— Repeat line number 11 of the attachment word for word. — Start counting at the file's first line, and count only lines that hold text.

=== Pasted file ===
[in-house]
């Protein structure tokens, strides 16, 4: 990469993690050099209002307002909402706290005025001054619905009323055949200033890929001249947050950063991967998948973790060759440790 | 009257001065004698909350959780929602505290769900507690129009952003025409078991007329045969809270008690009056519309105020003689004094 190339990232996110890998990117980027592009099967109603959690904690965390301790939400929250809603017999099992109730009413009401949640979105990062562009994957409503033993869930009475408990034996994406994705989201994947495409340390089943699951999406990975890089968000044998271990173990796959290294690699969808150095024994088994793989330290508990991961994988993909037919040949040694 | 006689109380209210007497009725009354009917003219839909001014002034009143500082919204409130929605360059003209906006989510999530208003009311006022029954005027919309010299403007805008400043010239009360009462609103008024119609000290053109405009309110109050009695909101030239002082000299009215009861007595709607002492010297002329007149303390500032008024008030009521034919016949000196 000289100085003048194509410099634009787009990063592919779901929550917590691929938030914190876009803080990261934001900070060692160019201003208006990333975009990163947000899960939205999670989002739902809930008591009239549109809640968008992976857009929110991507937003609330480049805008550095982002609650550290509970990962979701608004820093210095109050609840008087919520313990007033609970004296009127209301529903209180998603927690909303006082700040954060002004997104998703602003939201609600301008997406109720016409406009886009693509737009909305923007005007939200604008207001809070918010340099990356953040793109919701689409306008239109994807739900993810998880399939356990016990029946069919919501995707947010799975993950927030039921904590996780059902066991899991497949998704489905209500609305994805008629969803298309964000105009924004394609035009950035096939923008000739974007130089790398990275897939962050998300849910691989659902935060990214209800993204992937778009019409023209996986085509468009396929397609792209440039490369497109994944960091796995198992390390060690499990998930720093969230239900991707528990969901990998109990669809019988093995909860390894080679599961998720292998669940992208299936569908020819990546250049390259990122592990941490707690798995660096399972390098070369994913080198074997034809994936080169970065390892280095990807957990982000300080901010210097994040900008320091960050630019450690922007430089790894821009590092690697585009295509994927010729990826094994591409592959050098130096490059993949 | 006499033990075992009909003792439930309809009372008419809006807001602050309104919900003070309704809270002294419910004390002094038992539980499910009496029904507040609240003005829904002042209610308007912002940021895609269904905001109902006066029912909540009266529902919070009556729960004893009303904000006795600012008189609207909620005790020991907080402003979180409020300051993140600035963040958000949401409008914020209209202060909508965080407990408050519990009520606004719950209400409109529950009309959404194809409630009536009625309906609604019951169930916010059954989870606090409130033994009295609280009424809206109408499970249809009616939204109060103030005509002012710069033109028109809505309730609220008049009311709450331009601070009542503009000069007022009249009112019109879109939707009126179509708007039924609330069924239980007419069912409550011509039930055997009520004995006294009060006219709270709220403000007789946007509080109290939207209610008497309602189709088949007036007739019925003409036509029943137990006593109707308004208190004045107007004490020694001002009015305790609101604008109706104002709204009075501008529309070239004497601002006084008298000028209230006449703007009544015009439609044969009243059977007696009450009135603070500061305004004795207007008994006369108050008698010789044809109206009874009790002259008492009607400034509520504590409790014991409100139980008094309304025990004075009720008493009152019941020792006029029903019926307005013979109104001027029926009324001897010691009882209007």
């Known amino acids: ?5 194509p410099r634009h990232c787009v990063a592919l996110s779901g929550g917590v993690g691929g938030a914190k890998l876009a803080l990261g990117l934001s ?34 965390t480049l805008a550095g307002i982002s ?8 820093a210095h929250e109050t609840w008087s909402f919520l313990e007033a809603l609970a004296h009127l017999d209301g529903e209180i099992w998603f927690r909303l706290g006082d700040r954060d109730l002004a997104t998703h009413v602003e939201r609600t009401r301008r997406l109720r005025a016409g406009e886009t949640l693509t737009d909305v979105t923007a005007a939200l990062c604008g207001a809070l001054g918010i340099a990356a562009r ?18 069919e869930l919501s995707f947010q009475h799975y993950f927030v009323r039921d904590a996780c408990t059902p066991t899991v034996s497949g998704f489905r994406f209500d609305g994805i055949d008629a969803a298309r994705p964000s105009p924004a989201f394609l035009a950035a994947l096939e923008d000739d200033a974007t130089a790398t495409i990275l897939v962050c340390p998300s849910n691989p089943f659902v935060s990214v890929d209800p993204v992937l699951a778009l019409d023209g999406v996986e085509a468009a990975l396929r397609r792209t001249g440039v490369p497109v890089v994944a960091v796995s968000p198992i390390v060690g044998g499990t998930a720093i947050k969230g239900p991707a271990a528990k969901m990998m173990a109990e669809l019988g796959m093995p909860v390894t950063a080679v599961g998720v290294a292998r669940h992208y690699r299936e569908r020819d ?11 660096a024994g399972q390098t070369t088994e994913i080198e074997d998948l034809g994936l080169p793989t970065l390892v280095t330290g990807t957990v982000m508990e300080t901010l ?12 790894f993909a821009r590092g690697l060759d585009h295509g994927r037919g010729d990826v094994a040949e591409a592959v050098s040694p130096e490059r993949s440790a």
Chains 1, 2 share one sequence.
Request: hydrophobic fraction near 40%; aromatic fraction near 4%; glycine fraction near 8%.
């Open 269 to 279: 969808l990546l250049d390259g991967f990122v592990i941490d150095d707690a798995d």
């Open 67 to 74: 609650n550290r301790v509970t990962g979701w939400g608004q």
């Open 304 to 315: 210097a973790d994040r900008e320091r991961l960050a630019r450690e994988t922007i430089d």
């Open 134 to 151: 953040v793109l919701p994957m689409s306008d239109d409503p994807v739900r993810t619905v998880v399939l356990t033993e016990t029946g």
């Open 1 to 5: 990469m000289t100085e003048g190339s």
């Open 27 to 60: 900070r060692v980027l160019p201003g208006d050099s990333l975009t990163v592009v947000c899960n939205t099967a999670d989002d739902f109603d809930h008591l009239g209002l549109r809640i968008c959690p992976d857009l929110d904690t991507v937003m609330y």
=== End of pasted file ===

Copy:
């Open 27 to 60: 900070r060692v980027l160019p201003g208006d050099s990333l975009t990163v592009v947000c899960n939205t099967a999670d989002d739902f109603d809930h008591l009239g209002l549109r809640i968008c959690p992976d857009l929110d904690t991507v937003m609330y």